In the 21st century what is meant by a “natural landscape”? What is it that makes a landscape special? How do the people who live, work and play in a particular area relate to It? What part do these landscapes play in the lives of those who live in more urban environments?

In the event of changes to the landscape brought about by significant climate change, how will people respond to any measures taken to help protect that landscape and its possible uses?

Monday, 12 July 2010

As I got near to the farm I was visiting at Talybont-on-Usk, I stopped at a pink corrugated chapel struck by its quiet beauty and maintained dignity.

A woman walking a small dog approached who told me the building had been used as a school for children who were evacuated from London during the 2nd World War. Her sister had been placed with a family in the area, attended the school and learnt the Welsh National Anthem. Being in the countryside had not really left a mark on her sister, but she had had a happy stay, and held happy memories. 70 years later the younger sister who had not been so fortunate had been placed with a different family in another place, with no happy memories, returns every year to visit the family home of the “aunt” and “uncle” who had looked after her older sister. She loves the place even though it has changed, as there is more traffic and strangers.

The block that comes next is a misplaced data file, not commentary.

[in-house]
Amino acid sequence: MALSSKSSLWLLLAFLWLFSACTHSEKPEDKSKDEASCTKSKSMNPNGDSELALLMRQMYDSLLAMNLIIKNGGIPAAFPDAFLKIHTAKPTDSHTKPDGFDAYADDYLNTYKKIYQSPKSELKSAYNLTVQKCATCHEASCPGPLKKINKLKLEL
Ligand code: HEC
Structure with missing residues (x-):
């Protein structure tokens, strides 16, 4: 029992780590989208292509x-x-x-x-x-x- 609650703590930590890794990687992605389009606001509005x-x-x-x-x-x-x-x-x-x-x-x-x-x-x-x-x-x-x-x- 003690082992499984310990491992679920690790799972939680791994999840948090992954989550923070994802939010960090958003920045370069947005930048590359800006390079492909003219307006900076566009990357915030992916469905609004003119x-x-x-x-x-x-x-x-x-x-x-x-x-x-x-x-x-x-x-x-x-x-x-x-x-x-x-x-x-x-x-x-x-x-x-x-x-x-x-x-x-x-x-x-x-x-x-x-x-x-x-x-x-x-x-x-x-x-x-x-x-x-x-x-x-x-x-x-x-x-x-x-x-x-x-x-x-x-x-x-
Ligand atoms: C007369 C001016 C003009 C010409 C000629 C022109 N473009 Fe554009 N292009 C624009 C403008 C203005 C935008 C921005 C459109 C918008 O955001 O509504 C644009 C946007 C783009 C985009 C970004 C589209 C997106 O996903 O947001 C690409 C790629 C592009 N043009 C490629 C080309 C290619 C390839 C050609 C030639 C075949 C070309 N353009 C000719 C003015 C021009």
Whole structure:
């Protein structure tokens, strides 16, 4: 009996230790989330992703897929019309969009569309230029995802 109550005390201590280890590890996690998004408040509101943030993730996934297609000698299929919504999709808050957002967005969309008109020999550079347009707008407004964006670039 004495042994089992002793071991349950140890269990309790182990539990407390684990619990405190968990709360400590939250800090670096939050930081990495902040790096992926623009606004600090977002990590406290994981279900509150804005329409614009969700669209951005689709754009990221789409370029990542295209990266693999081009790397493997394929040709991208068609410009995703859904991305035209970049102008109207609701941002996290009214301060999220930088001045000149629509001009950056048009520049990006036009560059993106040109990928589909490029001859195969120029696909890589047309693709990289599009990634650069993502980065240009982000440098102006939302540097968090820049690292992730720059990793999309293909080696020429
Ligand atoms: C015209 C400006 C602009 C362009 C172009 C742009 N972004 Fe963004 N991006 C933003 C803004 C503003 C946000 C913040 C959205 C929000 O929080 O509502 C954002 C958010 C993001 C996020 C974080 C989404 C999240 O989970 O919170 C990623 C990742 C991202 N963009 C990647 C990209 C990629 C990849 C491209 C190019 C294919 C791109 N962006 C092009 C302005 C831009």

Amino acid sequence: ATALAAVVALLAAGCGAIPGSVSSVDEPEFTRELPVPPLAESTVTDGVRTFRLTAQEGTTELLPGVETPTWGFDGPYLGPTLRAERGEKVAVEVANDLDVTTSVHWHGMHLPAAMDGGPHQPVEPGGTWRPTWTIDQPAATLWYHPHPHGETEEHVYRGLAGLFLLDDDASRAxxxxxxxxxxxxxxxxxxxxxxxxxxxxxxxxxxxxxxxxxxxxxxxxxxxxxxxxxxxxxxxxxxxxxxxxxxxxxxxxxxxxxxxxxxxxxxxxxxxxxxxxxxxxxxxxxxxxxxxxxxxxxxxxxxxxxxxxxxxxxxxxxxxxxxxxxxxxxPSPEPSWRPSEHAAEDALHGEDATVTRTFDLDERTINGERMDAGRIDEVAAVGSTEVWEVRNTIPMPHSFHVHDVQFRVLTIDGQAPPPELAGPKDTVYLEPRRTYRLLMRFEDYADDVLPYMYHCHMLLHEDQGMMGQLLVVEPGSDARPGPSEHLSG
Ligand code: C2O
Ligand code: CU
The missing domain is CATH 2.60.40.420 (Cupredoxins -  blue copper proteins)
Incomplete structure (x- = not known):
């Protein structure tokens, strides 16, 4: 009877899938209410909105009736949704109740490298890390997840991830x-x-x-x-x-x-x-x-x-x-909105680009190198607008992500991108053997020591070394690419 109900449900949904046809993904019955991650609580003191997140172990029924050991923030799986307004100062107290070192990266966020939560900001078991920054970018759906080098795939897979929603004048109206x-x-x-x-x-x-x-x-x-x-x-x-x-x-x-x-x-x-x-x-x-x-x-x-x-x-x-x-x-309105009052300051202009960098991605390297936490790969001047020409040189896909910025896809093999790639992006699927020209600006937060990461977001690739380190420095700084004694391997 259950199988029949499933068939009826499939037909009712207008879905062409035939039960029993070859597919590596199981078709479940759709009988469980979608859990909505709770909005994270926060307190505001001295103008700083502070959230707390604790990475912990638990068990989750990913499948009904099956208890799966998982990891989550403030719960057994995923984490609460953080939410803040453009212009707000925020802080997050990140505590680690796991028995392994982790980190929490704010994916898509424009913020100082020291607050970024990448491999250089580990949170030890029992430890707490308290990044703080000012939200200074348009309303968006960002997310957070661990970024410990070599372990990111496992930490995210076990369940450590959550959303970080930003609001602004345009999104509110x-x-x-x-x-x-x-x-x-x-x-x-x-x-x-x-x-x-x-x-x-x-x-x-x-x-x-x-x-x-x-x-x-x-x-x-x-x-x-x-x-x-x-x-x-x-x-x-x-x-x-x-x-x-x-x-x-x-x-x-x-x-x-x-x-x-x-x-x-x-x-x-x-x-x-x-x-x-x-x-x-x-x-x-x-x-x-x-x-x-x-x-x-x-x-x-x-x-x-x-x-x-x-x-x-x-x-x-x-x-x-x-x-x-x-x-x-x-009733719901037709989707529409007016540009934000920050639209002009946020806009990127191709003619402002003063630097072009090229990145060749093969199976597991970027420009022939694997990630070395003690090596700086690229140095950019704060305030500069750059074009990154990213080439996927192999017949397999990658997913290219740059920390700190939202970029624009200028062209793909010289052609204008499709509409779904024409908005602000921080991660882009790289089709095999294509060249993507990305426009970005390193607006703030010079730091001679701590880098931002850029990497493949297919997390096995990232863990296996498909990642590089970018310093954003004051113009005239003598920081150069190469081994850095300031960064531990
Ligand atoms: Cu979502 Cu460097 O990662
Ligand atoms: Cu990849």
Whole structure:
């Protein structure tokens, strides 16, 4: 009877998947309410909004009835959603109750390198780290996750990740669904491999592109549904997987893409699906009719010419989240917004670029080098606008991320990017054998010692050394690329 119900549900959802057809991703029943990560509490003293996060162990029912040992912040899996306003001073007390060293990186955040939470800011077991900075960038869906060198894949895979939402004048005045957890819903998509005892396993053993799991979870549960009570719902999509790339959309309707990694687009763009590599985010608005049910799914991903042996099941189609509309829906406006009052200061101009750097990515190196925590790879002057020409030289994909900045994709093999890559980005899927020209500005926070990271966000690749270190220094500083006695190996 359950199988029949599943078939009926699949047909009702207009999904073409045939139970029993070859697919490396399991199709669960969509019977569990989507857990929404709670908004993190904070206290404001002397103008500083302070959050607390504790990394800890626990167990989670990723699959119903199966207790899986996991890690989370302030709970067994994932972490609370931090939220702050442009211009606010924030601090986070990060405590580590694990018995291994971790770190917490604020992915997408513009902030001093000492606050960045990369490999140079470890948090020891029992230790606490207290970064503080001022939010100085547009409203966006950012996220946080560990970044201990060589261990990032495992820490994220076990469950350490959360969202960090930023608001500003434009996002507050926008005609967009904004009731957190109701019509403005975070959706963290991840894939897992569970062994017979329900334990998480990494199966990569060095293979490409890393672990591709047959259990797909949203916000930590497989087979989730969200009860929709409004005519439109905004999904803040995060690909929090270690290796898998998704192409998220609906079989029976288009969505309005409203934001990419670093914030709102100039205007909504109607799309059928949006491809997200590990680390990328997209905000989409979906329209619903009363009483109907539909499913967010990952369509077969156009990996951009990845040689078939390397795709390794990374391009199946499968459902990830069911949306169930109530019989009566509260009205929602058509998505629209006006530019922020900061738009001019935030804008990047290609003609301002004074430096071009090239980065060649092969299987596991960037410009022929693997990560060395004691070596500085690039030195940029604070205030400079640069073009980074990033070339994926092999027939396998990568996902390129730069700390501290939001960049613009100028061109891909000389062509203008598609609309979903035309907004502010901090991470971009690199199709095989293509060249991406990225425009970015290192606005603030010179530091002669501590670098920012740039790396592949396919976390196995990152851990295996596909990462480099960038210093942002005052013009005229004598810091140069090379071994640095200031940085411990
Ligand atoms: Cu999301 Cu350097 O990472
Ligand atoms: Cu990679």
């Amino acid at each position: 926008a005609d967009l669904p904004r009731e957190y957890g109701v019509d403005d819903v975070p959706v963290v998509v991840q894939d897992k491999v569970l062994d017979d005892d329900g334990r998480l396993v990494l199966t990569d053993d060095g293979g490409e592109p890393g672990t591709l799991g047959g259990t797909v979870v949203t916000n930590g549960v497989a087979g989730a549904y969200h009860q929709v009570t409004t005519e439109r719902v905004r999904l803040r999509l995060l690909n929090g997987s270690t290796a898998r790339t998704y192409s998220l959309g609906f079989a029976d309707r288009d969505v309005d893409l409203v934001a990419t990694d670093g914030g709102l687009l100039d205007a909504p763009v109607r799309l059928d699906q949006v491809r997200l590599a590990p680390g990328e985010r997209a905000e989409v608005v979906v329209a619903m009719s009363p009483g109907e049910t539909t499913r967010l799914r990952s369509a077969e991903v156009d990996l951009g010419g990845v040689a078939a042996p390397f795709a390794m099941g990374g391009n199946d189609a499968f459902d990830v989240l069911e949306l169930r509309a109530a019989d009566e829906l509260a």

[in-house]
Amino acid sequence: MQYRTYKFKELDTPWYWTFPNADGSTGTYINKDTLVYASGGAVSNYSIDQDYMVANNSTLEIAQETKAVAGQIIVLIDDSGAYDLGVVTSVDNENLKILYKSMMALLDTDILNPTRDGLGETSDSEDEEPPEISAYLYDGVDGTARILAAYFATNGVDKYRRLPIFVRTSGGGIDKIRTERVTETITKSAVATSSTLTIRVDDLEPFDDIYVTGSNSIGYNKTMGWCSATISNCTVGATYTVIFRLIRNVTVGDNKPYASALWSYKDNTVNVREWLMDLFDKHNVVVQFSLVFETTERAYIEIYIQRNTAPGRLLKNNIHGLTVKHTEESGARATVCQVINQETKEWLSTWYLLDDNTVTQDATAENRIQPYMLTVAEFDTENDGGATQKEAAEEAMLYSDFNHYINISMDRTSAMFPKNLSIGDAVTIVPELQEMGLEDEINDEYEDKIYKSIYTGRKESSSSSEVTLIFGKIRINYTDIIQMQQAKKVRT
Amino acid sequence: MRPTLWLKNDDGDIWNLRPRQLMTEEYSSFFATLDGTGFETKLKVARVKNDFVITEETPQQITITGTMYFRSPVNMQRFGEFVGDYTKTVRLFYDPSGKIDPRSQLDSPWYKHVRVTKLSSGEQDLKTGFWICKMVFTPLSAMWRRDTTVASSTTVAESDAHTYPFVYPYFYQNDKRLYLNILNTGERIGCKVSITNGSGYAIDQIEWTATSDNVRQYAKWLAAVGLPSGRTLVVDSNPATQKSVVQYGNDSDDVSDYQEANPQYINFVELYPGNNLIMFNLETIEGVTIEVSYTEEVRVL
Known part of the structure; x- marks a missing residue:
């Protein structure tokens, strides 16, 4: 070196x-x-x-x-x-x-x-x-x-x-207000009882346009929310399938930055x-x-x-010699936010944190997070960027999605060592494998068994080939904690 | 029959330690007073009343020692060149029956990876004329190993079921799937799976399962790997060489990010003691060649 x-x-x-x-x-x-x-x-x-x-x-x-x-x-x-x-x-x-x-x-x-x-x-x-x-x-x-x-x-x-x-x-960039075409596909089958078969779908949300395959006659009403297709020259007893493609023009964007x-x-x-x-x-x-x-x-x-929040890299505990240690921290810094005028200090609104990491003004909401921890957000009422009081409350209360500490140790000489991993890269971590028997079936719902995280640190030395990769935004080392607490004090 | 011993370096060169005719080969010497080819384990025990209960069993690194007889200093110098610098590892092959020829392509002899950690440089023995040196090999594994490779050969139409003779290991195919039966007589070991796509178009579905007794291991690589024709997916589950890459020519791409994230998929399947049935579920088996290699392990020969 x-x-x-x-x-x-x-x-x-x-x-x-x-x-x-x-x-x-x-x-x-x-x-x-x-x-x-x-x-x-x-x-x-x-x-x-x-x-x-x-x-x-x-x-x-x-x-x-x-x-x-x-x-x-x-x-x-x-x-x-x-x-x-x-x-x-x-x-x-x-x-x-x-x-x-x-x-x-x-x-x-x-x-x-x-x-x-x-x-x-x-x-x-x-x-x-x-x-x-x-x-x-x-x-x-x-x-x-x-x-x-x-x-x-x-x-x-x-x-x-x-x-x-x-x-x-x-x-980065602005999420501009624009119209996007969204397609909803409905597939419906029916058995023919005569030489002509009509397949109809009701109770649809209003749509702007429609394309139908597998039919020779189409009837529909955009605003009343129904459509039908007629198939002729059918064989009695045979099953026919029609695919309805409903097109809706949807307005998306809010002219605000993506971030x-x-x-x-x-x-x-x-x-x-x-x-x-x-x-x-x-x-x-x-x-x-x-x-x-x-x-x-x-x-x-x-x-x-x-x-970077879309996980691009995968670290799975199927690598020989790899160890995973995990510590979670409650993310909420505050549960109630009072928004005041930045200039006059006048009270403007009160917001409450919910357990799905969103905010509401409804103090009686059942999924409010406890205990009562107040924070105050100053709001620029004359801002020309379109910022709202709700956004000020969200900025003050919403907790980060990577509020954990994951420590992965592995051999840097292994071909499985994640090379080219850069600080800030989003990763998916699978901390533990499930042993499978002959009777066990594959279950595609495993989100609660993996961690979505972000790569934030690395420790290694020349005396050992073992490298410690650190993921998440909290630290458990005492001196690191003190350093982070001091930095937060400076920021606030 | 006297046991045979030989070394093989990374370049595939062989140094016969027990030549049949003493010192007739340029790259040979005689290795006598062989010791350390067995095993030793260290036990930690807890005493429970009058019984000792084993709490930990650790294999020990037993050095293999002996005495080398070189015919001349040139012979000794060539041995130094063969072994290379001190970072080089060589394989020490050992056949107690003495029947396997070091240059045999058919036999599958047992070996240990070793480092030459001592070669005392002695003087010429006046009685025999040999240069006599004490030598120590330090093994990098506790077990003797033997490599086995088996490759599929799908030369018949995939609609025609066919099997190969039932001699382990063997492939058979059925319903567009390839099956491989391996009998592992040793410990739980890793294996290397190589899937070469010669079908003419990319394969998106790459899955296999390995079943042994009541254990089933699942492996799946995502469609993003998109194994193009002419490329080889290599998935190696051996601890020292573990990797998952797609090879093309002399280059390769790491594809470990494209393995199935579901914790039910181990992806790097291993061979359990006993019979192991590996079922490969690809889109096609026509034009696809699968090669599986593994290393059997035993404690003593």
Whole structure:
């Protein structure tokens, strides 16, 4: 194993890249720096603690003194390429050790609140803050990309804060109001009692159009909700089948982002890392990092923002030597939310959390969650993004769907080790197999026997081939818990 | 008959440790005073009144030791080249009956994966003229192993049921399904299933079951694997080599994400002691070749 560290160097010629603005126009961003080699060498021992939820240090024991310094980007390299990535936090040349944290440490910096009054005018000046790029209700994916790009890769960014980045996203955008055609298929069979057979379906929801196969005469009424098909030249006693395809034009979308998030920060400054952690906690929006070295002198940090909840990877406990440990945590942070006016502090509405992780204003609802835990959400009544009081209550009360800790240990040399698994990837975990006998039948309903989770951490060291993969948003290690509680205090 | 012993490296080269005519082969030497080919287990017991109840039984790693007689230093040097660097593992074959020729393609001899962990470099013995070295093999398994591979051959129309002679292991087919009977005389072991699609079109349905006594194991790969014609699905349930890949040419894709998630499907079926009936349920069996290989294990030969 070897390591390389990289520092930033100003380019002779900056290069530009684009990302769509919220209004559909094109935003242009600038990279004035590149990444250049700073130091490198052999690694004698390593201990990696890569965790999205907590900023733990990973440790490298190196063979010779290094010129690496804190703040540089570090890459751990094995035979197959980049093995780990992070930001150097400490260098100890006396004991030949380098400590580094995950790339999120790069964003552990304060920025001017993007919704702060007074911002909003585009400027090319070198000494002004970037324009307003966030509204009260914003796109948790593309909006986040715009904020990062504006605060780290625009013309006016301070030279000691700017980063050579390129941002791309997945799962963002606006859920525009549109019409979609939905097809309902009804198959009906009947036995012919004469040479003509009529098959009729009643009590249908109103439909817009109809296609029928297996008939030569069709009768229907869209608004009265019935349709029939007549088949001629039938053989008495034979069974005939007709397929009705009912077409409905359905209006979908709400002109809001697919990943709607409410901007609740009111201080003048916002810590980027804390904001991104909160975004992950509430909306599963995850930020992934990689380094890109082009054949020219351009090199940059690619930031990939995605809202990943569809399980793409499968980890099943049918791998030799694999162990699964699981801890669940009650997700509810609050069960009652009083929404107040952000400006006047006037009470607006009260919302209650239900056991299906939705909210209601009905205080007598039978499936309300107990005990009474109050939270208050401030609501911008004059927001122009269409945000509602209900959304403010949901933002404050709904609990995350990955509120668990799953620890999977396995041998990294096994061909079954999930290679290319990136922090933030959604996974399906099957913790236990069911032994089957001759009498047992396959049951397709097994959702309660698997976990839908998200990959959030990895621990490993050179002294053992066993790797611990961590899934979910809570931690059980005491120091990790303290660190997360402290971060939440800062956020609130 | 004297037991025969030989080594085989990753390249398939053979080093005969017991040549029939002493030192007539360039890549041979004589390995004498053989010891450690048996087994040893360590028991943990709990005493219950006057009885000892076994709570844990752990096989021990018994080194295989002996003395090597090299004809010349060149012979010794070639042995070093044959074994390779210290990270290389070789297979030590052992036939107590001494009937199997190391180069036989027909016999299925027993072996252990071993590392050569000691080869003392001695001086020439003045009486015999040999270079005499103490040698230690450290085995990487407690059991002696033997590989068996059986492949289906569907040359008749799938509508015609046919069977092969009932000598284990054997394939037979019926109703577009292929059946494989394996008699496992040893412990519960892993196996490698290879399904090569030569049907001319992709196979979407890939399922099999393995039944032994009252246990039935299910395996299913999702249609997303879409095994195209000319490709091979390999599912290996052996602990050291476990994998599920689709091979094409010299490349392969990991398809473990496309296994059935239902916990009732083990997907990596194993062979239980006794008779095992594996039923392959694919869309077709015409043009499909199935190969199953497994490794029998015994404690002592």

PwllyrhwyaidI is a farm where keeping abreast of new ideas and new thinking is encouraged and nurtured. Where working with others, allowing new approaches to be considered rather than dismissed out of hand is the order of the day. Inviting people in from other cultures and farming communities has allowed this farm to grow and remain healthy. The importance of soil and the need to give back as well as take is clearly understood.

However this is still a family farm with family values and a clear understanding of the importance of lineage and the privilege of being able to pass things on.



No comments:

Post a Comment